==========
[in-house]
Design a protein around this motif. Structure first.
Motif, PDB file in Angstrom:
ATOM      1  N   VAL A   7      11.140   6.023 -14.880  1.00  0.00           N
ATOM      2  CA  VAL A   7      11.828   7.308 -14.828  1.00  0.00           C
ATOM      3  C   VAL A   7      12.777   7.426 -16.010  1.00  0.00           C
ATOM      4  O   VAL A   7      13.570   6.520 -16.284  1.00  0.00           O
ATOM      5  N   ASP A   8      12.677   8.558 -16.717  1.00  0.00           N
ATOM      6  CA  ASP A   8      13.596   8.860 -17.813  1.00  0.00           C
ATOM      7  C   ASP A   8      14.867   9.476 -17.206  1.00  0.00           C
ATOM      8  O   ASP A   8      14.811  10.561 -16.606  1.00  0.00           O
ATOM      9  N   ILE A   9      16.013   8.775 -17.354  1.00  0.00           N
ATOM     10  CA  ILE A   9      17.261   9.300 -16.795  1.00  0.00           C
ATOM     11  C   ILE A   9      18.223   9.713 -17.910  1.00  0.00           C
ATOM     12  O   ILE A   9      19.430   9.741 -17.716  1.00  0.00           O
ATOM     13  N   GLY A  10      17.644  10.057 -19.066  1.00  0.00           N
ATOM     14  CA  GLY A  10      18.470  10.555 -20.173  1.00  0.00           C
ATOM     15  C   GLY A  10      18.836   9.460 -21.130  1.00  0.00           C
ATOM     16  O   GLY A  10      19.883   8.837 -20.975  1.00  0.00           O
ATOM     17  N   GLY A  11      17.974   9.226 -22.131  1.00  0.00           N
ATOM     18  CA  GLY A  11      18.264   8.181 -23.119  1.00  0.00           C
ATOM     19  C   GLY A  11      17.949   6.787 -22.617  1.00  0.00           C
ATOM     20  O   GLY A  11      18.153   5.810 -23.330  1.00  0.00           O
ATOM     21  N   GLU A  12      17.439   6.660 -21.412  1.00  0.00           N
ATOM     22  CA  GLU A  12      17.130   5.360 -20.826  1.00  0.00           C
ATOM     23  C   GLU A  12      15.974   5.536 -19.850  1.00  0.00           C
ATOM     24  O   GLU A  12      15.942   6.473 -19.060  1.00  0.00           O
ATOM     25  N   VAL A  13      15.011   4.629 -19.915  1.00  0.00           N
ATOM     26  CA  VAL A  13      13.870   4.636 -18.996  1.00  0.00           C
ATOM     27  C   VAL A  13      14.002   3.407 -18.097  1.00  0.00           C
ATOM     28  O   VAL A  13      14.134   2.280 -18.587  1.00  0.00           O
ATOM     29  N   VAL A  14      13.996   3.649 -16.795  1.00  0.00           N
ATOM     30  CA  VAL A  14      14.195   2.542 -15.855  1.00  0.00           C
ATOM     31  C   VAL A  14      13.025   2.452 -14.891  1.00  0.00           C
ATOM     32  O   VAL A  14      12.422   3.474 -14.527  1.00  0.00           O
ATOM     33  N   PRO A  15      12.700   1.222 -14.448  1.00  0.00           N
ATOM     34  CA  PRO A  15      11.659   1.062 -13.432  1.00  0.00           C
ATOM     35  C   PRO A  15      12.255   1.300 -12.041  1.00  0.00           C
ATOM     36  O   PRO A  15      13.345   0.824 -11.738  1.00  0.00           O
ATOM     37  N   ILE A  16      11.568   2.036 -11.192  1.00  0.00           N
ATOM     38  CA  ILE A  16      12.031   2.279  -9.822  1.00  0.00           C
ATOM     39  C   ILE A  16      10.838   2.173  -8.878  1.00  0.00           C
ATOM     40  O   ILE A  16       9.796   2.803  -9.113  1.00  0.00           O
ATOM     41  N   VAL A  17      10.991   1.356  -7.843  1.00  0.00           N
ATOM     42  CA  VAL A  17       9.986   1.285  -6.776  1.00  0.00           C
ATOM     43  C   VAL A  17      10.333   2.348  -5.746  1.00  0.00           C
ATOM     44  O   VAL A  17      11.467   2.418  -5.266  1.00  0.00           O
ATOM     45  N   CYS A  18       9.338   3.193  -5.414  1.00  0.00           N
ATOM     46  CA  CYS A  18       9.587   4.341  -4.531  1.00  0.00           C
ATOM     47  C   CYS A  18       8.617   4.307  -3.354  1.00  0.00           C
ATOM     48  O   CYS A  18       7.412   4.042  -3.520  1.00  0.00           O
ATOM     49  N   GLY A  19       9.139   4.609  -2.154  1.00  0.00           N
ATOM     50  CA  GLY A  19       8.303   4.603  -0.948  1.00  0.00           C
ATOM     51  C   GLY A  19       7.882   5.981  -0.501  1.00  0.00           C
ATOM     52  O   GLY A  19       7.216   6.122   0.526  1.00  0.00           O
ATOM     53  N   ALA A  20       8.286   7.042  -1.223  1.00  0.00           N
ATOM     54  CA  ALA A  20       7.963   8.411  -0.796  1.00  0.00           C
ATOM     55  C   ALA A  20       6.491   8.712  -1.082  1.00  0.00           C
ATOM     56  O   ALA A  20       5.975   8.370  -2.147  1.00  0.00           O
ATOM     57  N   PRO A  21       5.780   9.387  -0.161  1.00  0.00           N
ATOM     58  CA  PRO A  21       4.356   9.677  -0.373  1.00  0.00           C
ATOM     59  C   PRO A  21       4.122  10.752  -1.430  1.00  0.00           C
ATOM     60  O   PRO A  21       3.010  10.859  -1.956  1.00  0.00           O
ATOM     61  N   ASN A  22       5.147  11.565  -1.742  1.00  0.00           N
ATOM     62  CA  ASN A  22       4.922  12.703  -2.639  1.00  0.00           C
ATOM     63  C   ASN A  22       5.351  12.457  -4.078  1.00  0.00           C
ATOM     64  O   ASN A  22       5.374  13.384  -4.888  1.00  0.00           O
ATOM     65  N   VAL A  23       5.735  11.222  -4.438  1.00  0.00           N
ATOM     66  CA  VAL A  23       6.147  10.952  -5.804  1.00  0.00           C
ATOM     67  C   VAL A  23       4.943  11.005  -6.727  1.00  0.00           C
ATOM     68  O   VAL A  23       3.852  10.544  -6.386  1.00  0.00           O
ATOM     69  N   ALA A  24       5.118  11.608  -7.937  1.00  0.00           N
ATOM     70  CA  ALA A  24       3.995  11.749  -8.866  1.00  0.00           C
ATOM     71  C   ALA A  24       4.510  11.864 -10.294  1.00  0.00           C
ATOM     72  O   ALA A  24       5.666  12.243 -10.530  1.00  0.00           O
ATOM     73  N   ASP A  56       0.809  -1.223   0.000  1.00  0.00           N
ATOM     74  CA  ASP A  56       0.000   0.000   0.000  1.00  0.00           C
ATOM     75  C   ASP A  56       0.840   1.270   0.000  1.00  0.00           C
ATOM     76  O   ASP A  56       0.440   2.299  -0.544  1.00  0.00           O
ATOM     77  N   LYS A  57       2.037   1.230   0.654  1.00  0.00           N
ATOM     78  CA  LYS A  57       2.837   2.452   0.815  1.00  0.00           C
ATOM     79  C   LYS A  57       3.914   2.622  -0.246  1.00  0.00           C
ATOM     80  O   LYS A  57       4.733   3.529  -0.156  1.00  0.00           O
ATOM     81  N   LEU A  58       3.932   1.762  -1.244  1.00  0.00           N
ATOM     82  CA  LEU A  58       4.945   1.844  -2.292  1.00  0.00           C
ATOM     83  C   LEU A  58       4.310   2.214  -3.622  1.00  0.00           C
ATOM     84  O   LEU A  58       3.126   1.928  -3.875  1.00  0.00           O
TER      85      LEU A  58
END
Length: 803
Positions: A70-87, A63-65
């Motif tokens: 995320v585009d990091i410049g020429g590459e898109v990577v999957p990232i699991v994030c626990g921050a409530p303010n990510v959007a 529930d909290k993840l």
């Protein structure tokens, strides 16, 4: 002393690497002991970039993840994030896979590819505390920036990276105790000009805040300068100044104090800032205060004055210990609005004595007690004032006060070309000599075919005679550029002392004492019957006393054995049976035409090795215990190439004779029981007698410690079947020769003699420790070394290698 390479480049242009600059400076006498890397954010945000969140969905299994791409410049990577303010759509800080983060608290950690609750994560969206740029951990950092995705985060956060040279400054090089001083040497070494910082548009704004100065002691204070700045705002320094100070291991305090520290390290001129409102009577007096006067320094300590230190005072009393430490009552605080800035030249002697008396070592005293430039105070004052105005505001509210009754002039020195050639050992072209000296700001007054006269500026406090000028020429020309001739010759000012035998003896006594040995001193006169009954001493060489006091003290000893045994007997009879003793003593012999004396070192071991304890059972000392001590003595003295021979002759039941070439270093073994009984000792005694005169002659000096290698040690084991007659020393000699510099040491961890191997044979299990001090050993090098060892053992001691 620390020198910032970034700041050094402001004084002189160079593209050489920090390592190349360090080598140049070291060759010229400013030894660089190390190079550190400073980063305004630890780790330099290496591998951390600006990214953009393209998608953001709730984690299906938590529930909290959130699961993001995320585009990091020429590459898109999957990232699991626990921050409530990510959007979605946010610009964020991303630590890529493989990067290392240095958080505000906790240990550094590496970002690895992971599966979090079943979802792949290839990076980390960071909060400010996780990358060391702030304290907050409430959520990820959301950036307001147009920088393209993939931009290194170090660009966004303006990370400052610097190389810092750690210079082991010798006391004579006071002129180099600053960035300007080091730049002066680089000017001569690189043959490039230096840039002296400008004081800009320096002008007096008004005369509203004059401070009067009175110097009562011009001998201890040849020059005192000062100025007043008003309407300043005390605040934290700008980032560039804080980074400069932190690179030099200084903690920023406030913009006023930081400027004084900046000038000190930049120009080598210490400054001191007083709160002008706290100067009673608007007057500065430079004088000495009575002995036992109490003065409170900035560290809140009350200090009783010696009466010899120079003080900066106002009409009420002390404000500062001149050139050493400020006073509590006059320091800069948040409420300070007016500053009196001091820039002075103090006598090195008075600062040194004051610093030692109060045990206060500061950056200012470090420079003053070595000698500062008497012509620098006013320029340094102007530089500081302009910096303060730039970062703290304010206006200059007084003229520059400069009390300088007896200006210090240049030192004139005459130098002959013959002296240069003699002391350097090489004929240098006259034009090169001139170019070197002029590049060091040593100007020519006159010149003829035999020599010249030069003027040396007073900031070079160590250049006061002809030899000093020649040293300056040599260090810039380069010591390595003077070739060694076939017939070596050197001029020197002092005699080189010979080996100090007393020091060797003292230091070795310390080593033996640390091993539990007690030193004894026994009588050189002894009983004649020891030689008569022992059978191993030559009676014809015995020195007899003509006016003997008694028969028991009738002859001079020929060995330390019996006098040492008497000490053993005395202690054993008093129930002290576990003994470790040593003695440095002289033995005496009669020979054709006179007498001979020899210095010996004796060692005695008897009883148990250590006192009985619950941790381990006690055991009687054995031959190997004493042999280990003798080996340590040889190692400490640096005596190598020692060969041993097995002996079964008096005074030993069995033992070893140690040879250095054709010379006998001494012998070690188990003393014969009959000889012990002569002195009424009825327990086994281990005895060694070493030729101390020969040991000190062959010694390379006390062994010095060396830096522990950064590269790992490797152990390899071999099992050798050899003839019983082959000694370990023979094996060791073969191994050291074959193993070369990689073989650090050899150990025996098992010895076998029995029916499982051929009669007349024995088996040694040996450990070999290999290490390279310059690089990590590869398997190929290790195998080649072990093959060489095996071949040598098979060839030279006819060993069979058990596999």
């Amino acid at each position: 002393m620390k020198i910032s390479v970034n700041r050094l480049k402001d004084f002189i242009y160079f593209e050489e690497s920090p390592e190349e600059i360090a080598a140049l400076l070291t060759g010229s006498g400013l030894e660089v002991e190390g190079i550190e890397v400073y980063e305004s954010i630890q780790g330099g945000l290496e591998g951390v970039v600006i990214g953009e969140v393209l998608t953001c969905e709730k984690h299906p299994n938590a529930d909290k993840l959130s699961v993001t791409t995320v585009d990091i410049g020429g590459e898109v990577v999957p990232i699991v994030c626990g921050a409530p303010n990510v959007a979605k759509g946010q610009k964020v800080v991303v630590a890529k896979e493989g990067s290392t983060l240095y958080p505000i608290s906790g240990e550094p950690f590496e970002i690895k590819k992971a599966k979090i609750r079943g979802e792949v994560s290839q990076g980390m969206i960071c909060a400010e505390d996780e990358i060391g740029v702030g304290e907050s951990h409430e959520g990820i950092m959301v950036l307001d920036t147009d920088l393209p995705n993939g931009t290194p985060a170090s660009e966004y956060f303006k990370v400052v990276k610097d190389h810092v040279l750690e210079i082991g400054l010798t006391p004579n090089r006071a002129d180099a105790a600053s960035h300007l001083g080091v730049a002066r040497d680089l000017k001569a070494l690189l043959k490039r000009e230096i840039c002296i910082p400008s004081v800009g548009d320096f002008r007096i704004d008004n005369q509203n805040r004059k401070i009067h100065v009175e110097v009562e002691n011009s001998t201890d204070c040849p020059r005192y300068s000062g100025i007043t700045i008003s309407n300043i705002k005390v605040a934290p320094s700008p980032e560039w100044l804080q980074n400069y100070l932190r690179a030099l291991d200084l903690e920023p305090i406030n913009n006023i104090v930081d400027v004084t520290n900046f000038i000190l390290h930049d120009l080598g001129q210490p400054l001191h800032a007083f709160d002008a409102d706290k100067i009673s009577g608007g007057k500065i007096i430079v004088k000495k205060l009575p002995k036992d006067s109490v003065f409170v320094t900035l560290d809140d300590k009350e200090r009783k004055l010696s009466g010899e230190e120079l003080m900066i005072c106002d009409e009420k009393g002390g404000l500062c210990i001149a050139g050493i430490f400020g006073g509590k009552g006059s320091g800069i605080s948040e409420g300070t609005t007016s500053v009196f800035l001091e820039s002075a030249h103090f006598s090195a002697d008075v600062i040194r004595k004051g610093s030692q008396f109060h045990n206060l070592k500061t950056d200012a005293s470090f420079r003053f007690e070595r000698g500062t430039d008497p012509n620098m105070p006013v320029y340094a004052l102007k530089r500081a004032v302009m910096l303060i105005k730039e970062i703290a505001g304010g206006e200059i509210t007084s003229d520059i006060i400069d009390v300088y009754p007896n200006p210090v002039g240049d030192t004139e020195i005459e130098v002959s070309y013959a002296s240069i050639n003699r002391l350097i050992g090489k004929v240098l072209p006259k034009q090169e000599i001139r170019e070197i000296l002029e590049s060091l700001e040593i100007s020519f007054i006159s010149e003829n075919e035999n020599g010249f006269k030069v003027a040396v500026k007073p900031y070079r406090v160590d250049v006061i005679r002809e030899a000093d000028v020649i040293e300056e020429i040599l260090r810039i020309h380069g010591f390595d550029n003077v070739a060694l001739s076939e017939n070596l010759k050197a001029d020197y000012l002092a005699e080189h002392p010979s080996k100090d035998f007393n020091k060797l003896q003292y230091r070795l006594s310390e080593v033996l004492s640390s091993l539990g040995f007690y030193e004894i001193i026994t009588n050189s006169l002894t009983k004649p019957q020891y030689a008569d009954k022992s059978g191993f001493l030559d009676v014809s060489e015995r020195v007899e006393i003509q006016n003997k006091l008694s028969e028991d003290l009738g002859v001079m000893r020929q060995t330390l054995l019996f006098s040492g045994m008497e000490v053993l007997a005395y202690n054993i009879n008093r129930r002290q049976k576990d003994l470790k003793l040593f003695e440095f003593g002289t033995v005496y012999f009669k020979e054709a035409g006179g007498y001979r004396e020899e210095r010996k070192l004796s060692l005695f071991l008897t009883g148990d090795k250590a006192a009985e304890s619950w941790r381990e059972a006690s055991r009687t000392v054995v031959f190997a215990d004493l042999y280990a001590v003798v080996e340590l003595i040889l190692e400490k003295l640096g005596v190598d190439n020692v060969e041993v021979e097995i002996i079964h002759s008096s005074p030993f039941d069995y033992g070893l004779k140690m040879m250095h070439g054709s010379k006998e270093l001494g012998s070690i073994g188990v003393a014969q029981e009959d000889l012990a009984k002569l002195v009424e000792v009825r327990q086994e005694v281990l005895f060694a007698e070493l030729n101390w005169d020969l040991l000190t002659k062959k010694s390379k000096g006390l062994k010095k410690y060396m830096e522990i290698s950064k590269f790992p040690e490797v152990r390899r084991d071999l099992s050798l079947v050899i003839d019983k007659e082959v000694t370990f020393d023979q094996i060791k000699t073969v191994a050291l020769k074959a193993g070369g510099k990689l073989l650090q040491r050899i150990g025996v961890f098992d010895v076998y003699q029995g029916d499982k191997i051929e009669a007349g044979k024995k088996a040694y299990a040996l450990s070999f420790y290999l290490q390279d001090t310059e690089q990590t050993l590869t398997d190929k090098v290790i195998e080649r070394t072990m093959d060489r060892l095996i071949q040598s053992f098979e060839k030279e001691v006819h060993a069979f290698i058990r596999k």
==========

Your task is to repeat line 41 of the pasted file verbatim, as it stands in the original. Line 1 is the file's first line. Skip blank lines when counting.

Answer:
ATOM     38  CA  ILE A  16      12.031   2.279  -9.822  1.00  0.00           C